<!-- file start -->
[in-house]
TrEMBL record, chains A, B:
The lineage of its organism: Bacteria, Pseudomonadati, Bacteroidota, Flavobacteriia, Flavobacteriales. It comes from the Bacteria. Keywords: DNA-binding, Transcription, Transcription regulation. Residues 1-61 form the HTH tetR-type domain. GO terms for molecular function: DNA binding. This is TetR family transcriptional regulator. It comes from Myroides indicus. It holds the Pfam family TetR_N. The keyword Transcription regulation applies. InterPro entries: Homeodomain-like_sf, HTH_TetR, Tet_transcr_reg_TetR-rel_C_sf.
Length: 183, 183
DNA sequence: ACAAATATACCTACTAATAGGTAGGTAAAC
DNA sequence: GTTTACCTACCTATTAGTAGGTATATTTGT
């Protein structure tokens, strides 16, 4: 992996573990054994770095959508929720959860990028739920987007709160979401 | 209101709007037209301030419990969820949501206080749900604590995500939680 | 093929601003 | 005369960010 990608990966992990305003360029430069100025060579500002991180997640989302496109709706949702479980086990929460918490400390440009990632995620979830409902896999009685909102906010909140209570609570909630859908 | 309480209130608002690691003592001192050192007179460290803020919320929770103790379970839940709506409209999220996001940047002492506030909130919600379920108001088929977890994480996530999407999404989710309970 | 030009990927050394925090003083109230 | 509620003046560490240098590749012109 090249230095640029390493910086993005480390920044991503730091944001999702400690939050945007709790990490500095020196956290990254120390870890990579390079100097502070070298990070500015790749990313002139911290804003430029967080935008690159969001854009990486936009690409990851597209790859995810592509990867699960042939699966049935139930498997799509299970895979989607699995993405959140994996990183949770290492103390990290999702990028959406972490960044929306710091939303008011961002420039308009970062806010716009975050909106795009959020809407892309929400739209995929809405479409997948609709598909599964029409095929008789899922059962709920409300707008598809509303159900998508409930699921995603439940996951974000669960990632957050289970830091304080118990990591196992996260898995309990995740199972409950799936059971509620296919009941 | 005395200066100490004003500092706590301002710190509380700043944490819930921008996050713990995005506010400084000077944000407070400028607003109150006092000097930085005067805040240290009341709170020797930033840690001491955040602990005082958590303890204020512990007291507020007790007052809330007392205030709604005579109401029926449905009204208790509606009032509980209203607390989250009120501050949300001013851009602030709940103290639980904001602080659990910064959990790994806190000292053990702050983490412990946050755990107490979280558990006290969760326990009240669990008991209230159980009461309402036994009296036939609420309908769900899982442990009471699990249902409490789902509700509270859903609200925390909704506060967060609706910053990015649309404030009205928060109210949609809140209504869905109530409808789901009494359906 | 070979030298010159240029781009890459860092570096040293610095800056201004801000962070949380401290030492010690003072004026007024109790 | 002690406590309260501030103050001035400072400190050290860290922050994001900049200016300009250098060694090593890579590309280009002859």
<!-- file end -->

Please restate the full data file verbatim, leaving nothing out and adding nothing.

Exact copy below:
[in-house]
TrEMBL record, chains A, B:
The lineage of its organism: Bacteria, Pseudomonadati, Bacteroidota, Flavobacteriia, Flavobacteriales. It comes from the Bacteria. Keywords: DNA-binding, Transcription, Transcription regulation. Residues 1-61 form the HTH tetR-type domain. GO terms for molecular function: DNA binding. This is TetR family transcriptional regulator. It comes from Myroides indicus. It holds the Pfam family TetR_N. The keyword Transcription regulation applies. InterPro entries: Homeodomain-like_sf, HTH_TetR, Tet_transcr_reg_TetR-rel_C_sf.
Length: 183, 183
DNA sequence: ACAAATATACCTACTAATAGGTAGGTAAAC
DNA sequence: GTTTACCTACCTATTAGTAGGTATATTTGT
């Protein structure tokens, strides 16, 4: 992996573990054994770095959508929720959860990028739920987007709160979401 | 209101709007037209301030419990969820949501206080749900604590995500939680 | 093929601003 | 005369960010 990608990966992990305003360029430069100025060579500002991180997640989302496109709706949702479980086990929460918490400390440009990632995620979830409902896999009685909102906010909140209570609570909630859908 | 309480209130608002690691003592001192050192007179460290803020919320929770103790379970839940709506409209999220996001940047002492506030909130919600379920108001088929977890994480996530999407999404989710309970 | 030009990927050394925090003083109230 | 509620003046560490240098590749012109 090249230095640029390493910086993005480390920044991503730091944001999702400690939050945007709790990490500095020196956290990254120390870890990579390079100097502070070298990070500015790749990313002139911290804003430029967080935008690159969001854009990486936009690409990851597209790859995810592509990867699960042939699966049935139930498997799509299970895979989607699995993405959140994996990183949770290492103390990290999702990028959406972490960044929306710091939303008011961002420039308009970062806010716009975050909106795009959020809407892309929400739209995929809405479409997948609709598909599964029409095929008789899922059962709920409300707008598809509303159900998508409930699921995603439940996951974000669960990632957050289970830091304080118990990591196992996260898995309990995740199972409950799936059971509620296919009941 | 005395200066100490004003500092706590301002710190509380700043944490819930921008996050713990995005506010400084000077944000407070400028607003109150006092000097930085005067805040240290009341709170020797930033840690001491955040602990005082958590303890204020512990007291507020007790007052809330007392205030709604005579109401029926449905009204208790509606009032509980209203607390989250009120501050949300001013851009602030709940103290639980904001602080659990910064959990790994806190000292053990702050983490412990946050755990107490979280558990006290969760326990009240669990008991209230159980009461309402036994009296036939609420309908769900899982442990009471699990249902409490789902509700509270859903609200925390909704506060967060609706910053990015649309404030009205928060109210949609809140209504869905109530409808789901009494359906 | 070979030298010159240029781009890459860092570096040293610095800056201004801000962070949380401290030492010690003072004026007024109790 | 002690406590309260501030103050001035400072400190050290860290922050994001900049200016300009250098060694090593890579590309280009002859």